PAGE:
This is Part 2 of a two-part series on the discovery process. To explore the earlier stages of discovery, read The CTO’s Guide to a Killer Discovery Process: Part 1.
Requirements gathering lays a solid framework for a project. Once the initial set is gathered, the developer has a general feel for what their client needs.
The next step is to visualize the solution in a way that allows all stakeholders to understand what it could look like at release.
In other words, it’s time to build a prototype.
Visualizing A Solution
A prototype is an interactive example of the proposed solution. It serves to validate the assumptions gathered from the client and allows for quick feedback.
Reviewing the prototype also gives the developer a better idea of the project’s intended scope.
This phase is just as important as gathering requirements. A well-constructed prototype helps clients fine-tune their requirements earlier, which makes estimates much more accurate.
In fact, solid prototypes are the key to a more profitable development process in general.
Wireframes are useful intermediary steps, but they don’t make very exciting presentations when trying to win over clients.
Software like Invision & Indigo Studio are excellent tools for creating interactive, highly visual prototypes.
Highlight a specific user flow to model the product’s main functionality.
Clients should be able to approximate usage closely enough to determine if there are missing steps or features that need to be added.
Resist the urge to get too caught up in design before the client sees the prototype.
Focus on bare functions at first. Have strong visuals, but don’t spend days on custom art assets that may get cut out as requirements are refined.
Only bring the design team in to polish the graphics after the basic functionality is approved.
Allow time for back-and-forth discussion on the prototype. This is the least expensive time to make edits or alterations, so encourage the client to share any concerns.
It’s also a good point to demonstrate additional features or expansions that could improve the final product.
Once the prototype is approved, create a detailed requirements document. List and detail every feature according to the user story.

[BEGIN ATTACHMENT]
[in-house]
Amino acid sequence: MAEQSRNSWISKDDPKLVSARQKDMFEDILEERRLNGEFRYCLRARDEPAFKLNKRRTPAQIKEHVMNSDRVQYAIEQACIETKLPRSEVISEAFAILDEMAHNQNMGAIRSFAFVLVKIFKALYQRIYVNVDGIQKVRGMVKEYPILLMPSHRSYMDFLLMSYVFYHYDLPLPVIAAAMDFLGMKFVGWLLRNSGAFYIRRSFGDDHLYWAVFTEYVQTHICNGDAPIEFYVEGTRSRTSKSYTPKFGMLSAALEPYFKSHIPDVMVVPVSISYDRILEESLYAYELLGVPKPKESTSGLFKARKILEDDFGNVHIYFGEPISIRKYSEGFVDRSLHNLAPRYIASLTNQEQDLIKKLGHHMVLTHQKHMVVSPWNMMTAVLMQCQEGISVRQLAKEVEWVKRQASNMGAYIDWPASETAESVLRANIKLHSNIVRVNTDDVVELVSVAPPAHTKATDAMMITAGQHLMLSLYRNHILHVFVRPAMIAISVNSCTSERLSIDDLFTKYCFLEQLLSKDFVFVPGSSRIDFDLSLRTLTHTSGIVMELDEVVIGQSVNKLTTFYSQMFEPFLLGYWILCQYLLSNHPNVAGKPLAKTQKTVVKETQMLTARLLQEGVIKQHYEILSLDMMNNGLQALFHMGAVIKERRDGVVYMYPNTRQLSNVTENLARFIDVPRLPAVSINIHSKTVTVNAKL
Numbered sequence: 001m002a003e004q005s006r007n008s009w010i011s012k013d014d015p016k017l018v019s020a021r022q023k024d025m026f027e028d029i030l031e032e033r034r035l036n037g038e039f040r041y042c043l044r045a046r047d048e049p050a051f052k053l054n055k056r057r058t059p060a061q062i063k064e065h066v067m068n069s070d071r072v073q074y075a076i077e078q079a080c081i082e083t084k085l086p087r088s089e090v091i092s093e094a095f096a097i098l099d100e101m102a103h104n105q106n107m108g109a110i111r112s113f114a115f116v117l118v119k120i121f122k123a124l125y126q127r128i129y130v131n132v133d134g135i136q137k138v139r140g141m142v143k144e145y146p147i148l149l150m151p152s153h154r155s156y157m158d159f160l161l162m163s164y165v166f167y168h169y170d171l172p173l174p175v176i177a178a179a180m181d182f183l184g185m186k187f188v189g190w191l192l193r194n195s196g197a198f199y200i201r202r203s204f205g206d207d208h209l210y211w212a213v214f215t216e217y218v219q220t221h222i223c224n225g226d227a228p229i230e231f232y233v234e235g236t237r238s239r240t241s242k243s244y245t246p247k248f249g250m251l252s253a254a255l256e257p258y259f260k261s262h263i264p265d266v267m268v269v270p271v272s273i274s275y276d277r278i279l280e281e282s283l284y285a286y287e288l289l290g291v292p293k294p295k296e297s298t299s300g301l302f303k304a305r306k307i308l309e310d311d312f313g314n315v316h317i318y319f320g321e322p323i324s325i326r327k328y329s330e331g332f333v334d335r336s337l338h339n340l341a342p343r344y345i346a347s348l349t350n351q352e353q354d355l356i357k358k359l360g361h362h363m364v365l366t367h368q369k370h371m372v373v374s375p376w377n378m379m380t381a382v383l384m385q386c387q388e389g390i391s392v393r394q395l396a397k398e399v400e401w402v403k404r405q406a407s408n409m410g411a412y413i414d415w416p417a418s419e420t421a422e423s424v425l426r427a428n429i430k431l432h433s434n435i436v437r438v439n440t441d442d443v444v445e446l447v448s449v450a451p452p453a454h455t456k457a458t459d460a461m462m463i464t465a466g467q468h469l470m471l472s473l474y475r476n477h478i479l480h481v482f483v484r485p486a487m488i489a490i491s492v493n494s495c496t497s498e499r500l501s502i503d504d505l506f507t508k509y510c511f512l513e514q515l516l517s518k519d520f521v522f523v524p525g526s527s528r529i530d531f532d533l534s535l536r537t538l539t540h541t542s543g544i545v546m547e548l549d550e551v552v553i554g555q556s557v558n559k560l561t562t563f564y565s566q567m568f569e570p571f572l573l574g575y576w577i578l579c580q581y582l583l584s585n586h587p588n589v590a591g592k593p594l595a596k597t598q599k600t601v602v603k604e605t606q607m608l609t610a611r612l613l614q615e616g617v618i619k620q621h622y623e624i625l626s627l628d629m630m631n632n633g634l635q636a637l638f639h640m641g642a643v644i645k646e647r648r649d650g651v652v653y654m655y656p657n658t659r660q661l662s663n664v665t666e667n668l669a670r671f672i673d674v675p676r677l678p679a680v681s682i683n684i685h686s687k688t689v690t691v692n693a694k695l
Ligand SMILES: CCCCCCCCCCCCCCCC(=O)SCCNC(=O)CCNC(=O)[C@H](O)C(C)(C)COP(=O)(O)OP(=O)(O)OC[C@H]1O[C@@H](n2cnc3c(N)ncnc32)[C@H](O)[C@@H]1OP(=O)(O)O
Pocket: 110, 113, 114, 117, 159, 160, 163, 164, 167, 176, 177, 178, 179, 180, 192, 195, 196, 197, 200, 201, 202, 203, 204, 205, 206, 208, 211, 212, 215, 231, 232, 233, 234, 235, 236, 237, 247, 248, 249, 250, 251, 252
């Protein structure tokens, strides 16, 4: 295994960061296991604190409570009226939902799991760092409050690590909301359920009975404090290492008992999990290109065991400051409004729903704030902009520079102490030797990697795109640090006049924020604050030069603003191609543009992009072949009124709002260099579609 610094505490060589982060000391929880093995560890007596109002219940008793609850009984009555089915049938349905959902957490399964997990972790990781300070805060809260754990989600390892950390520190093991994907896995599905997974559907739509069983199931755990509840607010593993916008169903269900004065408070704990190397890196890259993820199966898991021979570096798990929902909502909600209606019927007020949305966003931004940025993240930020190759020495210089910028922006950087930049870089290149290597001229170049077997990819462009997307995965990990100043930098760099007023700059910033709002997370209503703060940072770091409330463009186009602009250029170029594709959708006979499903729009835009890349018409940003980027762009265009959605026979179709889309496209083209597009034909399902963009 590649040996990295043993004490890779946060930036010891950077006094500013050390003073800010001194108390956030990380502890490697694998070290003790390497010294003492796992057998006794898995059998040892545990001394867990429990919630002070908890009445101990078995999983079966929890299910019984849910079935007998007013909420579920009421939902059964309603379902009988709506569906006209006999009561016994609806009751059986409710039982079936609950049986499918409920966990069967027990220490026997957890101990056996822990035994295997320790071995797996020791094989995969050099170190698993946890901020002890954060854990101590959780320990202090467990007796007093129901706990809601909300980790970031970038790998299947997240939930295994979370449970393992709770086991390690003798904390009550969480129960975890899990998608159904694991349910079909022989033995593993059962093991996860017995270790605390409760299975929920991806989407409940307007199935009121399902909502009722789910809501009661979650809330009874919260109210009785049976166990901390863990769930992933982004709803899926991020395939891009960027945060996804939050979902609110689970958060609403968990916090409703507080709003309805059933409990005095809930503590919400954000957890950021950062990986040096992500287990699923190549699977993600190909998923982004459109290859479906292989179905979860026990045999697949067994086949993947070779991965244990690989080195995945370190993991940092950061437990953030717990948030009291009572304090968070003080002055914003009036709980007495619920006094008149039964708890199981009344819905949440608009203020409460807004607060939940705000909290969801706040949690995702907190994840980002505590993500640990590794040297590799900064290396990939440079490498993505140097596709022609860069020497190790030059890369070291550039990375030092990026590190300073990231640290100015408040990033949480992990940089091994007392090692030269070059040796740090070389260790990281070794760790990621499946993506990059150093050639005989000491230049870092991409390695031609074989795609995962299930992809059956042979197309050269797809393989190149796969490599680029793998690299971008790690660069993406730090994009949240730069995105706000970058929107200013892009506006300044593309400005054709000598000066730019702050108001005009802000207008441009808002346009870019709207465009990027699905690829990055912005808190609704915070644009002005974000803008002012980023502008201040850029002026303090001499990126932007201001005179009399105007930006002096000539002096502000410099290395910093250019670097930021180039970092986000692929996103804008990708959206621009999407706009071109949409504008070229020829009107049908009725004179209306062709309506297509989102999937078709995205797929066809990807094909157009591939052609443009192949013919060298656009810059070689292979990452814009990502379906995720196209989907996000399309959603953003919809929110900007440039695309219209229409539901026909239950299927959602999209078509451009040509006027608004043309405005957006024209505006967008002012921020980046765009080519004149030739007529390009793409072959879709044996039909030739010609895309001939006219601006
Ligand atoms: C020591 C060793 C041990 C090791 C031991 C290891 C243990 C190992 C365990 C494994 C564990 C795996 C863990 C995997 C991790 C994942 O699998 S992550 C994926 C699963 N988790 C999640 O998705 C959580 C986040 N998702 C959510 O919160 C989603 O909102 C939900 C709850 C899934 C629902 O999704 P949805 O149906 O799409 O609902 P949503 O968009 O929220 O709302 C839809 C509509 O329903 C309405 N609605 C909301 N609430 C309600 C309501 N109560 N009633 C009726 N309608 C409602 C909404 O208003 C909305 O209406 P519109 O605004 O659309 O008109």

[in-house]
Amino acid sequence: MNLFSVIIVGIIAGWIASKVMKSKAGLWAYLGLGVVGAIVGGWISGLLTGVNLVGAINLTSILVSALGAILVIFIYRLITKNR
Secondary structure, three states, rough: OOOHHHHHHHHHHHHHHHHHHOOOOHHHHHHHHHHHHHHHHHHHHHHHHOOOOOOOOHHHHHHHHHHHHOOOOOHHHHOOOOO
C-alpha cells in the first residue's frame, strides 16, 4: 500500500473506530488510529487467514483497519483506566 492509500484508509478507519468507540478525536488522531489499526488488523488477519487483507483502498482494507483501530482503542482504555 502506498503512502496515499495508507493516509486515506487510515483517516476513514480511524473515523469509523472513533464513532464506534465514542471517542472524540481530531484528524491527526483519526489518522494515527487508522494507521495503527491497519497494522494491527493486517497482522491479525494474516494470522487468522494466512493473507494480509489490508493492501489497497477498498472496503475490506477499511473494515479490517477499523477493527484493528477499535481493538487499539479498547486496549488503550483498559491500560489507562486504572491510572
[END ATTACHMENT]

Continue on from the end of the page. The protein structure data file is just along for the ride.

Don’t just create a sparse feature grid; using visuals to communicate will prevent misunderstandings later on.
After the details are documented, work with the development team to get time and cost estimates for each part of the solution.
Start with broad estimates and work inward. Leave room for flexibility and changing requirements, but don’t pad the estimate unfairly.
Come up with a range where the developer can confidently commit to delivering the project.
Be clear about what the initial estimate covers and how changes would affect the price. Consider including varied tiers to illustrate what can be added later.
All of this leads to the final presentation. This is where the client is given a document which allows them to fully understand what will be built.
Clarity is essential in the decision-making process to approve the project.
Provide full transparency on what it will take to deliver each feature of the final product, and outline details like cost, processes, and schedule.
Good communication gets the project started with a clear vision for what the end deliverable should be.
Earlier phases should have ironed out the majority of issues, so this is essentially a review of everything that came out of the requirements gathering and prototyping phases.
In other words, it’s “reading back the order”.
A final word of warning: don’t rush through the final presentation assuming everyone is on the same page.
This is a developer’s last chance to wow the client and build confidence in their ability to deliver a killer end product. It will either win the client over- or send them looking for another developer.
Concepta takes a detailed, collaborative approach to discovery that’s proven to deliver products that meet our clients’ most pressing business goals.